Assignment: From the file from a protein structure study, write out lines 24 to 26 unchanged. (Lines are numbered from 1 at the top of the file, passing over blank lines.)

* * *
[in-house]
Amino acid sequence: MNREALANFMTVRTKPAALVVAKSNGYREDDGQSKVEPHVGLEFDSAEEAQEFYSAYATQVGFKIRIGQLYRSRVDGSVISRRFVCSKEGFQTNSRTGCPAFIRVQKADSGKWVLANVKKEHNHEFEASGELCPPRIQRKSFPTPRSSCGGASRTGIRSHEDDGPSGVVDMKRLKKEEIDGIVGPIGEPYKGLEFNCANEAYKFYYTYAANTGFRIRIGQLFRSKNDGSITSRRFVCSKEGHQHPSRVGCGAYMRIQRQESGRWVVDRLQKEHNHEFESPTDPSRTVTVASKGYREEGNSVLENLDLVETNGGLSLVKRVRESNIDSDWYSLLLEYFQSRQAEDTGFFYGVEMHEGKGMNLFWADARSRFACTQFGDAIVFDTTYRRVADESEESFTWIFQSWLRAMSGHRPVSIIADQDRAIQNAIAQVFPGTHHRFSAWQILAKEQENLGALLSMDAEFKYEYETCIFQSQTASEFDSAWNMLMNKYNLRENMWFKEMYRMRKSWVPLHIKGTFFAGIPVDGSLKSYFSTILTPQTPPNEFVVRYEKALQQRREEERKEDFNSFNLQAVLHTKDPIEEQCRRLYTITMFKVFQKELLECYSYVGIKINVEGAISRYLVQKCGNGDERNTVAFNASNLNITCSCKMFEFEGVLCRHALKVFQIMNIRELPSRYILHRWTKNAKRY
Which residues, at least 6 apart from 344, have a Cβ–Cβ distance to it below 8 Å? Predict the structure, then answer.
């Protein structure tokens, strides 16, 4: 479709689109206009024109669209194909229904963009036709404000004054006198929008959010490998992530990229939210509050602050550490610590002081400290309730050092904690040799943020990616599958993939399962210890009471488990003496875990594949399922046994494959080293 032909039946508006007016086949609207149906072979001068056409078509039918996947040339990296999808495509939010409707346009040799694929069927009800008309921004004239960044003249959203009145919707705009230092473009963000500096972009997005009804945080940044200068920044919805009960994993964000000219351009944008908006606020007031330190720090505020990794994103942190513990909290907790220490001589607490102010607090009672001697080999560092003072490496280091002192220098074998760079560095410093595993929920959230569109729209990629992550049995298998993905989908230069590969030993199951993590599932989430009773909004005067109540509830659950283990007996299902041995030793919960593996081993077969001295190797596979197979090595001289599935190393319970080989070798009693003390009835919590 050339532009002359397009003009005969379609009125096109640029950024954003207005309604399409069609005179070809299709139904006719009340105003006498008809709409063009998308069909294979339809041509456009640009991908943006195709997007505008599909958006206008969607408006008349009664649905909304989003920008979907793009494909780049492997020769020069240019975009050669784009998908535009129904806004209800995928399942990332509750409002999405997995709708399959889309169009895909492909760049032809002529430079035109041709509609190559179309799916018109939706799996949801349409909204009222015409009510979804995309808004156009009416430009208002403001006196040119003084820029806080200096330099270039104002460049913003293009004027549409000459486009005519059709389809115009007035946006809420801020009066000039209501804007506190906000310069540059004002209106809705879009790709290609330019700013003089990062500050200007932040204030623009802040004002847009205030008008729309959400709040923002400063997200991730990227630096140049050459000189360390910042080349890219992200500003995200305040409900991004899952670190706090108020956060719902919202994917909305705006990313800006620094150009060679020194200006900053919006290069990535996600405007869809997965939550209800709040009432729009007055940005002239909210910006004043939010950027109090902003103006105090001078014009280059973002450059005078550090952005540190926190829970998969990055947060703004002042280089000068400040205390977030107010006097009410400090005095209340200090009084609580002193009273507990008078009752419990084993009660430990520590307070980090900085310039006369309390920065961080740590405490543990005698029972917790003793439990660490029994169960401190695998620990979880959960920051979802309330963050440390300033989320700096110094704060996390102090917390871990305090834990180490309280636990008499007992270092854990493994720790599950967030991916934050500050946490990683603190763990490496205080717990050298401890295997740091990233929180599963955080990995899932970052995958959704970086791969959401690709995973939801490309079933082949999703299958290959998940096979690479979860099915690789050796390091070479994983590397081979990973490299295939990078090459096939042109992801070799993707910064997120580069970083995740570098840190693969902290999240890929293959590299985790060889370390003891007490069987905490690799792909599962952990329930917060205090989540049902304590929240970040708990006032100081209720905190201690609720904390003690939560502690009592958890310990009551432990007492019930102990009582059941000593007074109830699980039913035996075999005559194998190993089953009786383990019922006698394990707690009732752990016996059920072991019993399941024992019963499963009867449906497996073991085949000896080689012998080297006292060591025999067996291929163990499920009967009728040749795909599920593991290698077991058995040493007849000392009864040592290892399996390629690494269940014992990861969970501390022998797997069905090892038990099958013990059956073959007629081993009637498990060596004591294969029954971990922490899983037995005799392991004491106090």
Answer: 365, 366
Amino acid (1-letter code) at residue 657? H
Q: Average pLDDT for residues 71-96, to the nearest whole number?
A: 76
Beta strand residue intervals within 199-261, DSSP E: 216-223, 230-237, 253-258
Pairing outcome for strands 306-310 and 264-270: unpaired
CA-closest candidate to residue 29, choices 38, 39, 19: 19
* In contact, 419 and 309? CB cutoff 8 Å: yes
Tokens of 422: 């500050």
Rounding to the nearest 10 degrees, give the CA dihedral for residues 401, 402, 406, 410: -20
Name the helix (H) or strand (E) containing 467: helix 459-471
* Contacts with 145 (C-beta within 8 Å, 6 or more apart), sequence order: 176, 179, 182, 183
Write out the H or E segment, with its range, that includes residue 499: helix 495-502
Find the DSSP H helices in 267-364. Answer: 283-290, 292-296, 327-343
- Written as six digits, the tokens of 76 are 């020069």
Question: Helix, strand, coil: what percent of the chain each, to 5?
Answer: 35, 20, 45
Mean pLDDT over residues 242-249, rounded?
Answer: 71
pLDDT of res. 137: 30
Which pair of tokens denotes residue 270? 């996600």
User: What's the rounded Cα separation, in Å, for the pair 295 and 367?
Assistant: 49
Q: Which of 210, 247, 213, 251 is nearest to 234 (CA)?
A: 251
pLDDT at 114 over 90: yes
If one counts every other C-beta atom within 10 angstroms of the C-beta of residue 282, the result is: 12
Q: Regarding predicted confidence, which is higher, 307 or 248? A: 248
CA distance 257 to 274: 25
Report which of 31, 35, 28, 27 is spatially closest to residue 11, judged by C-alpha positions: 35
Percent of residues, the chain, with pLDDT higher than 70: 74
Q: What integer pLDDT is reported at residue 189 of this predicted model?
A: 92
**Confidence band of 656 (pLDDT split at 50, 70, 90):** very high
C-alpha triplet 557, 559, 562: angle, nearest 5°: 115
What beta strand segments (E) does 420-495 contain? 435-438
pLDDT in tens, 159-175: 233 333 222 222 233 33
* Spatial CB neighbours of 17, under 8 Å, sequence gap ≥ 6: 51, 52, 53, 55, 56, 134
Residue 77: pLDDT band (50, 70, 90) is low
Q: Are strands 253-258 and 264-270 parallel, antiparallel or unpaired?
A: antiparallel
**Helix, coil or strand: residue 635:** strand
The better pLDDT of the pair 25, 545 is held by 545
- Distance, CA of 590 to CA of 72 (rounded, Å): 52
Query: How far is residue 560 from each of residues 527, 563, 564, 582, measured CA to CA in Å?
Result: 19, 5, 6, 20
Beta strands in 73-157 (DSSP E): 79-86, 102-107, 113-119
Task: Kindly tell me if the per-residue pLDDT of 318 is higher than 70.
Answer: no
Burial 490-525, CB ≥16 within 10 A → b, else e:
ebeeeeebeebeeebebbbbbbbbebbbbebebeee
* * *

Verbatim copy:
pLDDT of res. 137: 30
Which pair of tokens denotes residue 270? 């996600």
User: What's the rounded Cα separation, in Å, for the pair 295 and 367?